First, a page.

- [math]\displaystyle{ v = \frac{\omega}{\beta} }[/math]

and the requirement that phase velocity, *v*, be constant at all frequencies.

The relationship between the primary and secondary line constants is given by

- [math]\displaystyle{ \gamma^2 = (\alpha +j \beta)^2 = (R+j \omega L)(G + j \omega C)\, }[/math]

which has to be of the form [math]\displaystyle{ \scriptstyle (A+j\omega B)^2 }[/math] in order to meet the distortionless condition. The only way this can be so is if [math]\displaystyle{ \scriptstyle (R+j \omega L) }[/math] and [math]\displaystyle{ \scriptstyle (G + j \omega C) }[/math] differ by no more than a real constant factor. Since both have a real and imaginary part, the real and imaginary parts must independently be related by the same factor, so that;

- [math]\displaystyle{ \frac {R}{G} = \frac {j \omega L}{j \omega C} }[/math]

and the Heaviside condition is proved.

The secondary constants of a line meeting the Heaviside condition are consequently, in terms of the primary constants:

Attenuation,

- [math]\displaystyle{ \alpha = \sqrt {RG} }[/math] nepers/metre

Phase change constant,

- [math]\displaystyle{ \beta = \omega \sqrt {LC} }[/math] radians/metre

Phase velocity,

- [math]\displaystyle{ v = \frac {1}{\sqrt {LC}} }[/math] metres/second

The characteristic impedance of a lossy transmission line is given by

- [math]\displaystyle{ Z_0=\sqrt{\frac{R+j\omega L}{G+j\omega C}} }[/math]

In general, it is not possible to impedance match this transmission line at all frequencies with any finite network of discrete elements because such networks are rational functions of jω, but in general the expression for characteristic impedance is irrational due to the square root term.^{[1]} However, for a line which meets the Heaviside condition, there is a common factor in the fraction which cancels out the frequency dependent terms leaving,

- [math]\displaystyle{ Z_0=\sqrt{\frac{L}{C}}, }[/math]

which is a real number, and independent of frequency. The line can therefore be impedance-matched with just a resistor at either end. This expression for [math]\displaystyle{ \scriptstyle Z_0 = \sqrt{L/C} }[/math] is the same as for a lossless line ([math]\displaystyle{ \scriptstyle R = 0,\ G = 0 }[/math]) with the same *L* and *C*, although the attenuation (due to *R* and *G*) is of course still present.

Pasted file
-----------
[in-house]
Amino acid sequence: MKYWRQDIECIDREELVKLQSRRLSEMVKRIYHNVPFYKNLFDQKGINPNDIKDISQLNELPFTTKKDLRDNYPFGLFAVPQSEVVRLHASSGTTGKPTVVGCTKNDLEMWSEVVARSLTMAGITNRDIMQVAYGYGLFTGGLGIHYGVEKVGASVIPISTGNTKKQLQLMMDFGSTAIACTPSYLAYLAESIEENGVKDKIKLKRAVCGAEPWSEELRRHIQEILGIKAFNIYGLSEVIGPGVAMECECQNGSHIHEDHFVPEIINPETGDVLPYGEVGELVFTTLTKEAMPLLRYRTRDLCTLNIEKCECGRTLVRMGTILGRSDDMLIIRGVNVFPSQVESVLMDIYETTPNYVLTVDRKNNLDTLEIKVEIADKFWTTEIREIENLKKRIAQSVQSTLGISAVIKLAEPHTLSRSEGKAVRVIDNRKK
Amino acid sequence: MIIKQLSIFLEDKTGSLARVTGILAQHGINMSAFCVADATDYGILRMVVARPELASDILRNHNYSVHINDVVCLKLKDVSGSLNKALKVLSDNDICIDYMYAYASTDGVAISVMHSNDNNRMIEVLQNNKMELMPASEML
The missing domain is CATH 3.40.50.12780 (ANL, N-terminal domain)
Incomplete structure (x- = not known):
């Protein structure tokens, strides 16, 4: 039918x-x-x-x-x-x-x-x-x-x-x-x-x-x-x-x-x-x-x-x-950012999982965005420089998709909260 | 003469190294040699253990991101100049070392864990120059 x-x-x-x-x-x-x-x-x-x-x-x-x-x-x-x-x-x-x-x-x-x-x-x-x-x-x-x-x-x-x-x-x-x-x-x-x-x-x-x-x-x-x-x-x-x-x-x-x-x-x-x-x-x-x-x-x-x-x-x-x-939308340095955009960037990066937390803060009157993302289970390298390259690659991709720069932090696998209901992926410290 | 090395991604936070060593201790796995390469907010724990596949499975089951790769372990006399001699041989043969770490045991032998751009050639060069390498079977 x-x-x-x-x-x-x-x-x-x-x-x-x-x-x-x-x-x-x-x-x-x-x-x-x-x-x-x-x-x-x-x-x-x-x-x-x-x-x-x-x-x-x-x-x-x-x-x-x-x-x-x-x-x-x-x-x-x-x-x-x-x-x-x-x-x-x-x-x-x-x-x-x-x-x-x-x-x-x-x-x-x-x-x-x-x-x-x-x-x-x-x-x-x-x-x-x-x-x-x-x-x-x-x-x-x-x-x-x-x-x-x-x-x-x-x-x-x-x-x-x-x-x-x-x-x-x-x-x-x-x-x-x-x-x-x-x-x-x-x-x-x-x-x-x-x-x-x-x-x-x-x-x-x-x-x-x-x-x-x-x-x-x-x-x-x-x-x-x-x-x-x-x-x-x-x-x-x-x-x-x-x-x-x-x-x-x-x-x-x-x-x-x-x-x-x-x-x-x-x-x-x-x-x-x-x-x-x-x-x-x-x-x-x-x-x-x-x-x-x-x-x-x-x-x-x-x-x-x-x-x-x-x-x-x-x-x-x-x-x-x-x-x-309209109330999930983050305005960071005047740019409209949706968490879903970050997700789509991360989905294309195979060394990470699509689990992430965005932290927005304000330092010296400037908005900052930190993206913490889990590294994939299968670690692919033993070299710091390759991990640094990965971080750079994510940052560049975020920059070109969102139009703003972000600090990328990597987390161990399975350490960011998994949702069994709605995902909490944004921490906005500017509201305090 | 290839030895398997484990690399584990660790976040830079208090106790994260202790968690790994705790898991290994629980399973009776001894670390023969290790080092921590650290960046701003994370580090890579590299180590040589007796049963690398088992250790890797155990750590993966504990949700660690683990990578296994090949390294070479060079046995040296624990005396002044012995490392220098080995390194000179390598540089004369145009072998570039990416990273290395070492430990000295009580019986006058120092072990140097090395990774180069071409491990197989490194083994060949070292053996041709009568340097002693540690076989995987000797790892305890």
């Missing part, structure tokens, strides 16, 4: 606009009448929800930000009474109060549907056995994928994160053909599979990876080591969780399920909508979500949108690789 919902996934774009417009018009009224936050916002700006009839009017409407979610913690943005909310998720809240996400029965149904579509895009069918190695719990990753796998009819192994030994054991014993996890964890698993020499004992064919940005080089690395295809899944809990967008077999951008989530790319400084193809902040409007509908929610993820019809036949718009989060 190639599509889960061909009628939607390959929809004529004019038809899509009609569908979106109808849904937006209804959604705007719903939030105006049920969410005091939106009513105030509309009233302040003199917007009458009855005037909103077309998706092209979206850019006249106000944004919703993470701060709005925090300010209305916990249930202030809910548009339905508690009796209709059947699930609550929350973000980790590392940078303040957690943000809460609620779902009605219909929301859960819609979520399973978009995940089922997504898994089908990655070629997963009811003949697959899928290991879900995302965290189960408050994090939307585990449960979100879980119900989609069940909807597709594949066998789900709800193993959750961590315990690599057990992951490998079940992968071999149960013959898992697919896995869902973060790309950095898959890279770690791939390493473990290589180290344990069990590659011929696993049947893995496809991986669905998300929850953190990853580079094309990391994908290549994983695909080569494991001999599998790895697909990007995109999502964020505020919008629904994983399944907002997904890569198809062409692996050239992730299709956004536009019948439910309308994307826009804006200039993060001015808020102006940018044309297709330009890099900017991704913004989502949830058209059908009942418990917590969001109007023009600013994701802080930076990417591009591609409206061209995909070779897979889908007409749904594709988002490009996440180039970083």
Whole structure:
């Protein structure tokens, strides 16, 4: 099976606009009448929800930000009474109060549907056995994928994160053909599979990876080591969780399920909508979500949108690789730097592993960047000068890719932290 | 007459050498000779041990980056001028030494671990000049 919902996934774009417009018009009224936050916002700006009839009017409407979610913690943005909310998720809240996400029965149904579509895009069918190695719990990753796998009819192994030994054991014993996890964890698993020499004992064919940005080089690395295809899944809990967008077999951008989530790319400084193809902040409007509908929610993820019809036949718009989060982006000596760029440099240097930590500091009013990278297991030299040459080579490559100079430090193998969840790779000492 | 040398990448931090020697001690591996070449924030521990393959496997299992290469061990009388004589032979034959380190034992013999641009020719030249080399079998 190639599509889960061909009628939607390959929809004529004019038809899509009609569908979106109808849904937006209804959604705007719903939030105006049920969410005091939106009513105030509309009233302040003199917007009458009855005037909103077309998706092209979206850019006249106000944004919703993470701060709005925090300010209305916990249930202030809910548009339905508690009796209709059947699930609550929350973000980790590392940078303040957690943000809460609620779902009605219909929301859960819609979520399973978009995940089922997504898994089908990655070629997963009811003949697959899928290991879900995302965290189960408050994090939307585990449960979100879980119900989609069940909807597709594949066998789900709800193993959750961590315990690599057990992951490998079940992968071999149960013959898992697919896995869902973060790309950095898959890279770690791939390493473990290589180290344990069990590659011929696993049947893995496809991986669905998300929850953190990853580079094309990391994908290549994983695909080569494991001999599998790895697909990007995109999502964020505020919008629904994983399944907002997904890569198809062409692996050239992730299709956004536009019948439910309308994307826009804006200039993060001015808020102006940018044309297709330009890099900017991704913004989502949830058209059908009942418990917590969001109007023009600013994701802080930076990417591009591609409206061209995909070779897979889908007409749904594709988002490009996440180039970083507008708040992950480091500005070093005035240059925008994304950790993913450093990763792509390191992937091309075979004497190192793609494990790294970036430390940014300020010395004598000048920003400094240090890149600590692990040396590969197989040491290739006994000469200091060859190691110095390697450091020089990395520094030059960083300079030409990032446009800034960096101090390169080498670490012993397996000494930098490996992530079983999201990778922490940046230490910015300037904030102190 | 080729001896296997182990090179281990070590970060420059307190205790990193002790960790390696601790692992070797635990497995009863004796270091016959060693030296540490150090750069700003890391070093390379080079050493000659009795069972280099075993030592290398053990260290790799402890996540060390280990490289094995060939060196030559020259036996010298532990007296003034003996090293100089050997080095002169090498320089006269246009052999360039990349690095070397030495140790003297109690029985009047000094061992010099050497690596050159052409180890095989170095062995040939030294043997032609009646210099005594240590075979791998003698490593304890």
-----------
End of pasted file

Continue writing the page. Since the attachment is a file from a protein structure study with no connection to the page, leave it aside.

A real line, especially one using modern synthetic insulators, will have a *G* that is very low and will usually not come anywhere close to meeting the Heaviside condition. The normal situation is that

- [math]\displaystyle{ \frac{G}{C} \ll \frac{R}{L}. }[/math]

To make a line meet the Heaviside condition one of the four primary constants needs to be adjusted and the question is which one. *G* could be increased, but this is highly undesirable since increasing *G* will increase the loss. Decreasing *R* is sending the loss in the right direction, but this is still not usually a satisfactory solution. *R* must be decreased by a large fraction and to do this the conductor cross-sections must be increased dramatically. This not only makes the cable much more bulky but also adds significantly to the amount of copper (or other metal) being used and hence the cost. Decreasing the capacitance also makes the cable more bulky (since the insulation must now be thicker) but is not so costly as increasing the copper content. This leaves increasing *L* which is the usual solution adopted.

The required increase in *L* is achieved by loading the cable with a metal with high magnetic permeability. It is also possible to load a cable of conventional construction by adding discrete loading coils at regular intervals. This is not identical to a distributed loading, the difference being that with loading coils there is distortionless transmission up to a definite cut-off frequency beyond which the attenuation increases rapidly.

Loading cables to meet the Heaviside condition is no longer a common practice. Instead, regularly spaced digital repeaters are now placed in long lines to maintain the desired shape and duration of pulses for long-distance transmission.

- Schroeder, p. 226